“Determining what way you get that therapy and if you actually need that therapy or can do a component of that therapy completely on your own depends on the severity of your symptoms,” she said. “Should you be in therapy? Should you start a medication? Are your symptoms mild enough that you can just see a dermatologist?”
Since BFRBs are focused on some part of the body like the skin or hair, it’s possible that a dermatologic trigger — such as an itchy scalp or persistent acne — is driving symptoms. In some of those cases, treating the dermatologic trigger may also lessen the BFRB.
However, if you or a specialist determine that therapy is the right move, it will likely consist of habit reversal therapy with a cognitive behavioral therapist.
“You’re basically trying to pair the urge that you feel before you have a tic or habit and re-pair that premonitory urge with new behavior,” said Adam Weissman, a psychologist at the Child & Family Institute. “That can basically work with anything from actual tic disorders to dermatillomania, trichotillomania, and any other common habits like nail biting.”
A premonitory urge is a feeling of discomfort or tension that can be relieved by a particular movement, like a motor tic, pulling hair, or picking at skin. If you don’t have a tic disorder or BFRB, the feeling is akin to trying to ignore a mosquito bite. You can’t think about anything but that itch until you scratch it, and after you scratch it and get relief, you only want to do it again.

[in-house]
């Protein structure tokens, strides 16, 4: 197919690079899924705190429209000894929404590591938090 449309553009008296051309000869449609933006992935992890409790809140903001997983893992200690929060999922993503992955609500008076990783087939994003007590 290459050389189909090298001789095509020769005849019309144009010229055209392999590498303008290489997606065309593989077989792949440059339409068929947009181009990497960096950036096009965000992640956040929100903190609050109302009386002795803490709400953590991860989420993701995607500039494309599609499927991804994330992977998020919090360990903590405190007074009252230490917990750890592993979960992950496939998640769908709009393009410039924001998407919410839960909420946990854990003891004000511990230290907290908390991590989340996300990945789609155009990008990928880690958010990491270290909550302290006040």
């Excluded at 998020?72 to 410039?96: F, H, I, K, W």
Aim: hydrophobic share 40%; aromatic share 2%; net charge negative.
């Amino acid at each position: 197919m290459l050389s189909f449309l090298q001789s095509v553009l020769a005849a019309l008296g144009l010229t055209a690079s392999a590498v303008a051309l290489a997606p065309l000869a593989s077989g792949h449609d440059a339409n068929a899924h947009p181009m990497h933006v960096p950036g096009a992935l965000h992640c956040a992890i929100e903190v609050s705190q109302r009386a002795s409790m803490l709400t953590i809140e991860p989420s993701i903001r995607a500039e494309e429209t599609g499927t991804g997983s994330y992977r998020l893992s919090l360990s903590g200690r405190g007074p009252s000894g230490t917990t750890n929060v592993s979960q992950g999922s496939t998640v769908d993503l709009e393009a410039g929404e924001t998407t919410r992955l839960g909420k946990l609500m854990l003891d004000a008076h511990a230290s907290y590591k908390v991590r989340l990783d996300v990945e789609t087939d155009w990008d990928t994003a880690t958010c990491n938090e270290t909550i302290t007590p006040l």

People with BFRBs undergo awareness training so they understand when their behavior is happening and what triggers it.
Essentially, the goal is to retrain your behavior so that instead of the premonitory urge leading to a body-damaging response, there’s a new behavior that is less harmful. This can include the use of a stress ball or fidget toy to occupy your hands (if your habit involves the hands or fingers) or relaxation techniques that help reduce behavior-exacerbating stress.
Known as stimulus control, changing your environment or distracting your fingers can make it harder for you to pick or pull. Weissman said that social support is also essential. It can be helpful to have someone point out when you’re engaging in these behaviors and hold you accountable. While a therapist can serve as that person in sessions, you need that support to continue from friends and family in your everyday environments.
Weissman also said that challenging yourself to delay even just for 30 seconds or a minute can be hugely helpful.
“If after a minute the urge is still strong, have at it. But if it’s gone down, keep delaying,” he said. Eventually, you keep pushing the first time you engage in the behavior back further and further each day until you potentially get to a place where it’s bedtime and you haven’t thought about doing it at all.
Whatever your trigger or chosen treatment plan may be, below are some products that may help you deal with BFRBs. As Piacentini said, the important thing is that you need to match the specific tool to the person, environment, and needs of the individual. Everyone is going to be different.